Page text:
You’re probably familiar with World War II icon, Rosie the Riveter, who represented the strength of the women who took up jobs at factories when men were off at war. To this day, Rosie the Riveter is still seen as an icon for feminism.
One Texas artist, Anat Ronen, wanted to blend the old with the new and create a mural showing both the strength of women in the ’40s and the strength of women today. Who could fill such big shoes as our current icon of strength? Of course, 17-year-old Pakistani activist Malala Yousafzai.
Malala was only a young girl when she became an activist for the right to education and women’s rights. At the age of 11, she began blogging about her life under Taliban rule. This was so powerful that in 2009, a New York Times documentary was filmed about her life. Her actions were seen as unacceptable by the Taliban and in 2012, Malala was shot in the head and neck by a gunman in an assassination attempt. The strong, young lady survived and continues to fight for what she believes in.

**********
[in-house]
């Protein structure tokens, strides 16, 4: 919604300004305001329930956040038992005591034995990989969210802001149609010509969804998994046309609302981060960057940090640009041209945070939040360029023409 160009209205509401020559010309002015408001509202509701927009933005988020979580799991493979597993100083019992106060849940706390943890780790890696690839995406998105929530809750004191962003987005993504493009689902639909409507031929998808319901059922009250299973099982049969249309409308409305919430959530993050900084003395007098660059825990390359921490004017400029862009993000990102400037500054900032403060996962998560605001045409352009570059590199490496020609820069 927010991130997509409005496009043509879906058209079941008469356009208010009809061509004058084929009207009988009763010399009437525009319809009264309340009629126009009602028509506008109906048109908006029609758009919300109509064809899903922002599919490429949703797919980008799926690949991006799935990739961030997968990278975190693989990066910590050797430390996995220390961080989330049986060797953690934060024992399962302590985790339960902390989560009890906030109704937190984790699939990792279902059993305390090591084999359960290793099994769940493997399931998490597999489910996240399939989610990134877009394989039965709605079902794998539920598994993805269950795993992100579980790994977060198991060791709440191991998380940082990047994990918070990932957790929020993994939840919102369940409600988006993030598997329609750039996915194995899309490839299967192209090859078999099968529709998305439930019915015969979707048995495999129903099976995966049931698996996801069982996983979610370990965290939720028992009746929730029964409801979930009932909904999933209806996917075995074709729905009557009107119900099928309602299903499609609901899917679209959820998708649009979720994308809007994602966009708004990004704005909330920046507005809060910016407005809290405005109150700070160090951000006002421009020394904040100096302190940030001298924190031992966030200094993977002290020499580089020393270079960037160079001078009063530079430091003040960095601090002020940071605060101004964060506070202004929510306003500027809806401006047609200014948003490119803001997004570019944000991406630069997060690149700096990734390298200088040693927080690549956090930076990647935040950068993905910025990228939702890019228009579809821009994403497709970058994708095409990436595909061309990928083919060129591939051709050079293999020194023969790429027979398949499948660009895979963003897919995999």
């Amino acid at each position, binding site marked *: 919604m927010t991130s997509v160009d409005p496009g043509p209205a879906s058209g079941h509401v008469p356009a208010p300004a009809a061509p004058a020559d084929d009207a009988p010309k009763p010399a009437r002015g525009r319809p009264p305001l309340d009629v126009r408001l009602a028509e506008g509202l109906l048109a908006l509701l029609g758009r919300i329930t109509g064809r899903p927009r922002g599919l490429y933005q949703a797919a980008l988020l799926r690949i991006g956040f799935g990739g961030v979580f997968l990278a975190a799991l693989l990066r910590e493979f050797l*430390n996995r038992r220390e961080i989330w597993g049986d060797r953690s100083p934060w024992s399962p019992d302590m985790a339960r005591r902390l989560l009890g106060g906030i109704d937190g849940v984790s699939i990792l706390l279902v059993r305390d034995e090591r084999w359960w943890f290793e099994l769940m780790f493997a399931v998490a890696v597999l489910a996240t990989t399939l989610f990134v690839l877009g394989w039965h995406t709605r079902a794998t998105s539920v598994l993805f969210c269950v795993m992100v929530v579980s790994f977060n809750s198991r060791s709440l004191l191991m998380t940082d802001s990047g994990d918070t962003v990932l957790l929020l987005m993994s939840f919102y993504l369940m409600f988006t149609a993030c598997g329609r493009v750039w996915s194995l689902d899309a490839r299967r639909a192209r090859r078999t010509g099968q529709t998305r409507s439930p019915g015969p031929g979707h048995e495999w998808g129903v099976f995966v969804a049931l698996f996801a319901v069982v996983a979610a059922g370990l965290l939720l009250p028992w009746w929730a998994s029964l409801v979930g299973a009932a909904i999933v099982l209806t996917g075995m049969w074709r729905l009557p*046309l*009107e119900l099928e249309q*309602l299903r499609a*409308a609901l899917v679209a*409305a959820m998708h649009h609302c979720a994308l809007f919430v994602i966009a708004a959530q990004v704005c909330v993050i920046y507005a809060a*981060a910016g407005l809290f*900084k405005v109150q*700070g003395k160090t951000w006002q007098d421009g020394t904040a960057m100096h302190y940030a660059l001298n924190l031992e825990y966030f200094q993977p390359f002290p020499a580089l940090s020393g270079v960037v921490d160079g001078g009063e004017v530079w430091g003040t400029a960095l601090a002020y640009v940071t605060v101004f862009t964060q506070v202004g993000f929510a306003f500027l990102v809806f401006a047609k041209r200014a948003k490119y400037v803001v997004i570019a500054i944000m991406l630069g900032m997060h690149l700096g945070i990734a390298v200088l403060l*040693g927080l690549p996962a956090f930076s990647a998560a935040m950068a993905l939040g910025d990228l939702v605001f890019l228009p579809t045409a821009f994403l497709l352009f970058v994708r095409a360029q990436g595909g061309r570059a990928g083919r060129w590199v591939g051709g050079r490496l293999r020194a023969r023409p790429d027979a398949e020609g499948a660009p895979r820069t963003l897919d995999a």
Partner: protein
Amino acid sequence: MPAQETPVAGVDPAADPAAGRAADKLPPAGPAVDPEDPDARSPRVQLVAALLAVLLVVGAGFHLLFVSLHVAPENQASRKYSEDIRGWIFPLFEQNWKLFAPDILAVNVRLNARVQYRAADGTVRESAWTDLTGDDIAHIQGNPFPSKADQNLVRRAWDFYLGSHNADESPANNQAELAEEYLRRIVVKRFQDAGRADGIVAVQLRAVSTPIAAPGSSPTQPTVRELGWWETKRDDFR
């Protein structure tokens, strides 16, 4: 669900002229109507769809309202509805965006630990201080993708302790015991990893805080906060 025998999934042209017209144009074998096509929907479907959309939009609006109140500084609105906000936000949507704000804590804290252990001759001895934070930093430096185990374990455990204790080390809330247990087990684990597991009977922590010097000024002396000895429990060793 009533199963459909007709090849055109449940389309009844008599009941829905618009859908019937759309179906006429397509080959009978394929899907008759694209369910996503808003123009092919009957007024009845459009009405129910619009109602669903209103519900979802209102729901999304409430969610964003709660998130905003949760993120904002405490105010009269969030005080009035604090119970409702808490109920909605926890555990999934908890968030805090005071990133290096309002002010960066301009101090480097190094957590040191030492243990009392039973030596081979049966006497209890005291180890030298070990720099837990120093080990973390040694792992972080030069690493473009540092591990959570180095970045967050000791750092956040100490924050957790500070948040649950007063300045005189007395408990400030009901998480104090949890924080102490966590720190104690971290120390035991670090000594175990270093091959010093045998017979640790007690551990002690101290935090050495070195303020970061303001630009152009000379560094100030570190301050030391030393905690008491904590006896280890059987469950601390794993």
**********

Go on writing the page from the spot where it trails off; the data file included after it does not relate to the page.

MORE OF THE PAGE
“I felt I wanted to combine a symbol of Western ‘warrior’ with her image, to maximize the symbolism and through somewhat controversy [sic], promote her agenda,” Ronen told BuzzFeed.
Next to the mural, Ronen added one of Malala’s most famous quotes: “All I want is education. And I’m afraid of no one.”
“I sensed they felt uneasy with the fact that I am distorting one of America’s greatest symbols,” Ronen added. “After the text was added, everything fell in place and people are able to make the connection and even if they never heard of Malala before, they now do.”